Friday, December 19, 2008

W.Va. Supreme Court holds ERISA subrogation claims belong in federal court

In a rare opinion on an ERISA matter, the West Virginia Supreme Court of Appeals ruled on Monday that state courts do not have jurisdiction to determine whether ERISA plan fiduciaries or administrators can assert subrogation rights against plan participants and beneficiaries. Turner v. Turner, No. 33892 (Dec. 15, 2008).

The suit began as an ordinary infant settlement proceeding brought on behalf of the Turner children pursuant to W.Va. Code § 44-10-14 (2002), for approval of proposed minor settlements reached with the defendants. The children were injured in an auto accident. The children's mother worked for City Hospital, Inc., and the minors were all covered under City Hospital's ERISA health insurance plan. City Hospital intervened in the case to assert subrogation rights to the settlement proceeds. The circuit court ruled that it had no jurisdiction under ERISA to decide City Hospital's subrogation rights under the proposed settlement. The West Virginia Supreme Court of Appeals affirmed.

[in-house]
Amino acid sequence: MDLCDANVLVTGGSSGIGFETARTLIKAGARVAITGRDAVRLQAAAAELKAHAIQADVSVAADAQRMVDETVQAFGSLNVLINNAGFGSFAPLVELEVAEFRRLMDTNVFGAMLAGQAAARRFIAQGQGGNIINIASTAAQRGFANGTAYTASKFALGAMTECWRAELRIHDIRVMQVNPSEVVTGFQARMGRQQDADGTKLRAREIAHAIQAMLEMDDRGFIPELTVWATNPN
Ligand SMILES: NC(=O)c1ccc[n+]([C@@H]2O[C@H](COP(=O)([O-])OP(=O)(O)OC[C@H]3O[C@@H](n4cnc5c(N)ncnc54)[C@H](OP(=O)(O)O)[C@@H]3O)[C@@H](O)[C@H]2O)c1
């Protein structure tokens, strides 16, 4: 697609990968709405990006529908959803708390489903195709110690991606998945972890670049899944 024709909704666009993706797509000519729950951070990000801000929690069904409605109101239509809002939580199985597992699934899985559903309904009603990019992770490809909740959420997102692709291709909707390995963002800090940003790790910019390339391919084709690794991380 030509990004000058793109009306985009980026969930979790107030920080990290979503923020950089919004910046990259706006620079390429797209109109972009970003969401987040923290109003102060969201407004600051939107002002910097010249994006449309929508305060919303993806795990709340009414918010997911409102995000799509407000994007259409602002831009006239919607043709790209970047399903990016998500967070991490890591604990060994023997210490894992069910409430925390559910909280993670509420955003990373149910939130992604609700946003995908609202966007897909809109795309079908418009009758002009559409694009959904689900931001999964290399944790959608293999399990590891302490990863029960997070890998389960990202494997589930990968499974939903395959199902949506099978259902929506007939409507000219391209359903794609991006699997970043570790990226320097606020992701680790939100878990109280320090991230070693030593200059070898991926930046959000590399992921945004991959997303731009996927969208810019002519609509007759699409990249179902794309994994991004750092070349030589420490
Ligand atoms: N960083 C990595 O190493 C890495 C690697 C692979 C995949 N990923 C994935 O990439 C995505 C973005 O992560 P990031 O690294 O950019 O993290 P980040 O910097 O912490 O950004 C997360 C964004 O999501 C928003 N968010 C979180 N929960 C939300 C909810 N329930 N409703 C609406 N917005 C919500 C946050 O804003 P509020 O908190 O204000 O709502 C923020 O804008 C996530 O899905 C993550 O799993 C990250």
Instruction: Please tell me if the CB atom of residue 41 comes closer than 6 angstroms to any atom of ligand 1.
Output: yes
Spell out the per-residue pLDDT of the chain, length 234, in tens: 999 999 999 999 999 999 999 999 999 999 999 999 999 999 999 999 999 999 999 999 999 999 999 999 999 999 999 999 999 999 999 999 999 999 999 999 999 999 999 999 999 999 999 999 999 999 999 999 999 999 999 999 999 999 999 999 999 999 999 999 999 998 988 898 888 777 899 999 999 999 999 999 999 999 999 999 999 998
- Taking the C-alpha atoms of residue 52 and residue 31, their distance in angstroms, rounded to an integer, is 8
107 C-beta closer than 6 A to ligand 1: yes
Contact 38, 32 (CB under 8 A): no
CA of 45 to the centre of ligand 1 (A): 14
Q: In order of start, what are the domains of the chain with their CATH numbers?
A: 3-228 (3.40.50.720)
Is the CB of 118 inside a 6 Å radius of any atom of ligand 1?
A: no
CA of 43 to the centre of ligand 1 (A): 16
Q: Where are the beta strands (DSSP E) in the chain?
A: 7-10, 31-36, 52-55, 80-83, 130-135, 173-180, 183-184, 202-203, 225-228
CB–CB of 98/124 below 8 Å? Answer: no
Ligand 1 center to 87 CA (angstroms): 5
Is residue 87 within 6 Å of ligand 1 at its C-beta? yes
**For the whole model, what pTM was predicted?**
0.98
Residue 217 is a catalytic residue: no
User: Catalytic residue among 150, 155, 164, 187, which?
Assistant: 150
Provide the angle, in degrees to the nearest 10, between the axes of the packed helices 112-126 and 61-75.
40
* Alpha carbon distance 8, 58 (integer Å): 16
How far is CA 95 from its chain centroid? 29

In a new syllabus point, the Court held:
3. An action by a fiduciary or administrator of a plan under the Employment Retirement Income Security Act of 1974 (“ERISA”), 29 U.S.C. § 1001 et seq., to obtain appropriate equitable relief to enforce the terms of the ERISA plan pursuant to 29 U.S.C. § 1132(a)(3), must be brought in the federal district courts of the United States as provided for in 29 U.S.C. § 1132(e)(1).
In the final footnote, the court noted that "[w]e wish to emphasize that even though we find any action by City Hospital to enforce its subrogation rights to be completely preempted, the Circuit Court of Berkeley County clearly retains jurisdiction to approve or disapprove the proposed infant settlements set forth in the petitions for approval of minor settlements." But City Hospital will need to file suit in federal court to have its ERISA rights determined.